The "guts" of Perl are defined well enough that it becomes a relatively straightforward task to embed the Perl compiler/interpreter inside another application (such as has already been done with the Apache web server and the vi text editor), or to extend Perl by connecting it with arbitrary code written in C (or having a C-like interface). In fact, about a third of the online documentation for Perl is specifically devoted to embedding and extending Perl. The perlembed (1), perlapio (1), perlxs (1), perlxstut (1), perlguts (1), and perlcall (1) manpages cover these topics in depth.
And since Perl is freely reusable, you can write your proprietary spreadsheet application, using an embedded Perl to evaluate the expressions in your spreadsheet cells, and not have to pay one cent in royalties for all that power. Joy.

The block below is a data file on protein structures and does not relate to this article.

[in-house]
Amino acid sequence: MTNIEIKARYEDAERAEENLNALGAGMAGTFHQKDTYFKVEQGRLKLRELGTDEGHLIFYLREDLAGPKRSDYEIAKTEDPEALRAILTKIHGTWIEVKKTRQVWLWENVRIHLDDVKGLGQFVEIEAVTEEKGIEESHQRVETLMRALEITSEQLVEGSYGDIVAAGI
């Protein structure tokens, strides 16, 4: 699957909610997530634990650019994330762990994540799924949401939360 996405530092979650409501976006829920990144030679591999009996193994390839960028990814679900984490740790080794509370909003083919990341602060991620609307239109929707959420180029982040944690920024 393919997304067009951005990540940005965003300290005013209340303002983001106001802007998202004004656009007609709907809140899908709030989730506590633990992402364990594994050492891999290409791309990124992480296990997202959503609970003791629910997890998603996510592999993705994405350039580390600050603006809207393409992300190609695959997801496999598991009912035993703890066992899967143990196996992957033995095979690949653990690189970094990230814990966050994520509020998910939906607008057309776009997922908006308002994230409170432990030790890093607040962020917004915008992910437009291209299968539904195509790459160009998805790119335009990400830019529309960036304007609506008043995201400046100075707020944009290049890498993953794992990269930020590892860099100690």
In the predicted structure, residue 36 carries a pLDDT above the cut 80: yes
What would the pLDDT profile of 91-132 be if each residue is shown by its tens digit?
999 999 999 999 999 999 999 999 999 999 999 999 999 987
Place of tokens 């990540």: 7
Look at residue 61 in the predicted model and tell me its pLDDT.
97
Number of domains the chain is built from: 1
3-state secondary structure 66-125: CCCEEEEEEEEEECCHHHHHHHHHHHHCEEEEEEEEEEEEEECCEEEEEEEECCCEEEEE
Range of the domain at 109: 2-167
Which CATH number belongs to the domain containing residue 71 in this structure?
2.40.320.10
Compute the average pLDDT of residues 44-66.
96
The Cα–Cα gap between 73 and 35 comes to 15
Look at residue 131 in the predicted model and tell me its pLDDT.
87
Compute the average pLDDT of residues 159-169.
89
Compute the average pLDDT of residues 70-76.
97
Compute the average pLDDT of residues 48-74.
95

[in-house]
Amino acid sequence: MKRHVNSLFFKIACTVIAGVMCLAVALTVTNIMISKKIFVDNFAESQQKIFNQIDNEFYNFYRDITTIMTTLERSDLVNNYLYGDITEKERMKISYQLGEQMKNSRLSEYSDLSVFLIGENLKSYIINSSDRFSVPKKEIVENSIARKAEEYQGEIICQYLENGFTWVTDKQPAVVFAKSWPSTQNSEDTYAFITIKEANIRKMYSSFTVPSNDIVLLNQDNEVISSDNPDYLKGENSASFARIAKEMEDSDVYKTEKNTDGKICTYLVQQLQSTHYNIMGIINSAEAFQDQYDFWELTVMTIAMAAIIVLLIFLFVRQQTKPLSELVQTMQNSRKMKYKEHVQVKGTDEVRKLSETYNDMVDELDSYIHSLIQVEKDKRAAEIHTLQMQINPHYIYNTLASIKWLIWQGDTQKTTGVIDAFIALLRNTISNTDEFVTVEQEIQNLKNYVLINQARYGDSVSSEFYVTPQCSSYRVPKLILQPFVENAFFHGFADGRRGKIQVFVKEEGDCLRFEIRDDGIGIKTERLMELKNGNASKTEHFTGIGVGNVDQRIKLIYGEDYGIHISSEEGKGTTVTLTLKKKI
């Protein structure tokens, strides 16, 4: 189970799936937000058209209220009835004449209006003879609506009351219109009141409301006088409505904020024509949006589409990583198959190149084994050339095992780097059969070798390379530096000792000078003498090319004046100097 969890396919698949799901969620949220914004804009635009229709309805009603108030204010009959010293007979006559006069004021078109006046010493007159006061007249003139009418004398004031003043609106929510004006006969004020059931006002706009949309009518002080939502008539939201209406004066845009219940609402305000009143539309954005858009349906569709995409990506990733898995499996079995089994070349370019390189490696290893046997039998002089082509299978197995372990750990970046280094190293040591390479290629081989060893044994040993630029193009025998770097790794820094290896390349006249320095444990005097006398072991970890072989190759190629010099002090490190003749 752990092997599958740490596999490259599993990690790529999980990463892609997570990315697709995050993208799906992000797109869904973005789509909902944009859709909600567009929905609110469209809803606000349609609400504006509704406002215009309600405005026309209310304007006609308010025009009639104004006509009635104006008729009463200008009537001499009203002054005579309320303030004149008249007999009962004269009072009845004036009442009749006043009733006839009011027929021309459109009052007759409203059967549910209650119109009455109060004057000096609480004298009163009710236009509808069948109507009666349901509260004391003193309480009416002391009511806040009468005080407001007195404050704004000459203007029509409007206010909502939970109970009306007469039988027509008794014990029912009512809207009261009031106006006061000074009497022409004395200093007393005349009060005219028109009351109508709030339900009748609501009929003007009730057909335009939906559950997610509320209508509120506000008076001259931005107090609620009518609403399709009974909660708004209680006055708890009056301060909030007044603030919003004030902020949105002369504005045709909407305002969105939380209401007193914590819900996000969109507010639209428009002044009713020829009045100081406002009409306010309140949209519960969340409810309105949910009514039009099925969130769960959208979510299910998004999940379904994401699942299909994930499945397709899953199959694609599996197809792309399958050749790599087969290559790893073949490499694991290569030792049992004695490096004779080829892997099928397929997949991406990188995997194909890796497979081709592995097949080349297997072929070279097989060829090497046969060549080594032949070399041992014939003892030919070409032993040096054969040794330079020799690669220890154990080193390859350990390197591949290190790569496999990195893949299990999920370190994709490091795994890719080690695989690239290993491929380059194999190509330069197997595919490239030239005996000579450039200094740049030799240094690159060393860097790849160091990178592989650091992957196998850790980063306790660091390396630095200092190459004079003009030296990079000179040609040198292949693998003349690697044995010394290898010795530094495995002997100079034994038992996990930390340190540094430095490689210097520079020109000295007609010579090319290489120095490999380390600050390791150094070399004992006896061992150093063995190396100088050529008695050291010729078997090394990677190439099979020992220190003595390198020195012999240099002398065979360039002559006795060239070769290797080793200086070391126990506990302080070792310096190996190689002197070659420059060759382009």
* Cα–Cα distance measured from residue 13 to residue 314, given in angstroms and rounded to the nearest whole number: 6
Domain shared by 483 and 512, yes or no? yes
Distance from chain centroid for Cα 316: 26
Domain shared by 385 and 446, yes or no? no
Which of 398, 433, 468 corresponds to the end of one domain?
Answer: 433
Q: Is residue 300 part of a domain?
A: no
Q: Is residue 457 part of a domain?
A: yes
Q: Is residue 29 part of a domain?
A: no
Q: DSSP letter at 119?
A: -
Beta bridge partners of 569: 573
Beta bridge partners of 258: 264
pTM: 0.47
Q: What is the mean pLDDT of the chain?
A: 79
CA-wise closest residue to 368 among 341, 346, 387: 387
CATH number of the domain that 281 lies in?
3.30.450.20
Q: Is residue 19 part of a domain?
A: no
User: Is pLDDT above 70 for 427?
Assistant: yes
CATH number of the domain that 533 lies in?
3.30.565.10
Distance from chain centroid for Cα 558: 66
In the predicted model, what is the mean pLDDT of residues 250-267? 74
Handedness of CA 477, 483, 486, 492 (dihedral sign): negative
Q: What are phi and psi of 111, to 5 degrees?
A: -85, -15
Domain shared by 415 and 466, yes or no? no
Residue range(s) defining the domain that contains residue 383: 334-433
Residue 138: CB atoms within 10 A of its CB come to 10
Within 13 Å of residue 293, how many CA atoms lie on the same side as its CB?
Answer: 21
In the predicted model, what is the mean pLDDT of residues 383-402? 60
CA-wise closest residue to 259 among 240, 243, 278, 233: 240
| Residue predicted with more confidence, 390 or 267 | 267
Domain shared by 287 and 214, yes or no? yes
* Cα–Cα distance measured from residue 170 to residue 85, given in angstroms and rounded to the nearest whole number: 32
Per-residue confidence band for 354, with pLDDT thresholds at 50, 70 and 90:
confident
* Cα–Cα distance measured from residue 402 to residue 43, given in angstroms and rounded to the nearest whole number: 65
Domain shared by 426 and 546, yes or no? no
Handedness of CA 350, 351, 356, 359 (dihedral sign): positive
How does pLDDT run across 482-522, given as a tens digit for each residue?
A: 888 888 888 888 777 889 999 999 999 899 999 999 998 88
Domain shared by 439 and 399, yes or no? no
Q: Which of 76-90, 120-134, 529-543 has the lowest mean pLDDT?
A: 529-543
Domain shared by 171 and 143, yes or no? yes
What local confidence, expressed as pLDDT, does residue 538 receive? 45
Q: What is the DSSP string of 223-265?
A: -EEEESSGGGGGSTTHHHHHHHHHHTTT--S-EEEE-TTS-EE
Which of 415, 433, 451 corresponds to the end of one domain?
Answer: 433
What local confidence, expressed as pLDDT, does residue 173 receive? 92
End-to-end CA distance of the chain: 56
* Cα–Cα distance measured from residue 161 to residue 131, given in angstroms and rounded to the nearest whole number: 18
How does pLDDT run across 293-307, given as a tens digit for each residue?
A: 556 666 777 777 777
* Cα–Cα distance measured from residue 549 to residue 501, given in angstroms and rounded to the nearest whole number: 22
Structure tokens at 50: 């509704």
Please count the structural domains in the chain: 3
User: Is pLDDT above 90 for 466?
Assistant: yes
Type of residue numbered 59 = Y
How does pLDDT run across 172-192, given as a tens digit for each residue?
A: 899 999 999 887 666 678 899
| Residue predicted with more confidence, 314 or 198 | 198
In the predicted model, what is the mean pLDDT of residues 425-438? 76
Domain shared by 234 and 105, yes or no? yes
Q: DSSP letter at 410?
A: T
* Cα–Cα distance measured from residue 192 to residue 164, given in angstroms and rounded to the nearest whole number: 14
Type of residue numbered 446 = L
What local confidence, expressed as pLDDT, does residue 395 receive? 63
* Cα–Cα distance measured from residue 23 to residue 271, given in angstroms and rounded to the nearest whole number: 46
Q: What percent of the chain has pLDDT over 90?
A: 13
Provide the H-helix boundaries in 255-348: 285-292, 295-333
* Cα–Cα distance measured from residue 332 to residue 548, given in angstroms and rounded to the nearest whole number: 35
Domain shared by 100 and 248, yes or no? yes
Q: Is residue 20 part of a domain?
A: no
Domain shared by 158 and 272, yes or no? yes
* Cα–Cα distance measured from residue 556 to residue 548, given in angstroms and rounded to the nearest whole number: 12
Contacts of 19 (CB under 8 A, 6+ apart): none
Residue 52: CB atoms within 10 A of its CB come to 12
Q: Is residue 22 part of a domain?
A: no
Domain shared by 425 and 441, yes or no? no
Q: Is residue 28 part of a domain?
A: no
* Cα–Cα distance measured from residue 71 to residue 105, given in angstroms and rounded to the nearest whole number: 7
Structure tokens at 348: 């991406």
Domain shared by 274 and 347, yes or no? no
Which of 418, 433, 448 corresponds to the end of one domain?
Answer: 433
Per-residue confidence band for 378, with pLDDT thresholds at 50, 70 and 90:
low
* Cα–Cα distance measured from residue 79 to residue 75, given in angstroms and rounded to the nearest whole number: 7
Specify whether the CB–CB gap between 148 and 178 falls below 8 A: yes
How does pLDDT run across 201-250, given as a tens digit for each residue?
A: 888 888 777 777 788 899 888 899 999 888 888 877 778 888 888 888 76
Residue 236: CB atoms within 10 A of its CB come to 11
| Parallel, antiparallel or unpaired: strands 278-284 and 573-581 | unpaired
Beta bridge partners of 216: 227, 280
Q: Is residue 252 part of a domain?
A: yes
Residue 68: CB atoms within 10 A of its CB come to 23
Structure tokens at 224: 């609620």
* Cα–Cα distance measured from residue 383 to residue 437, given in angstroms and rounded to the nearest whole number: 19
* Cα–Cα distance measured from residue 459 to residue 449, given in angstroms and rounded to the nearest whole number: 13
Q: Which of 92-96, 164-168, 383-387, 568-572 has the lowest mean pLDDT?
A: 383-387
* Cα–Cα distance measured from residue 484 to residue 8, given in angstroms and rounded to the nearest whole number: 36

Perl was designed with security in mind. See Chapter 6 of Programming Perl or the perlsec (1) manpage about taint checking. This is the kind of security where you trust the writer of the program, but not the person running it, such as is often the case with setuid programs under UNIX, or server-launched programs anywhere. The Safe module, covered in the Safe(3) manpage and Chapter 7 of Programming Perl, provides something else entirely: the kind of security necessary when executing (as with eval) unchecked code.
No, Perl doesn't really have these, but it's easy to make them using ...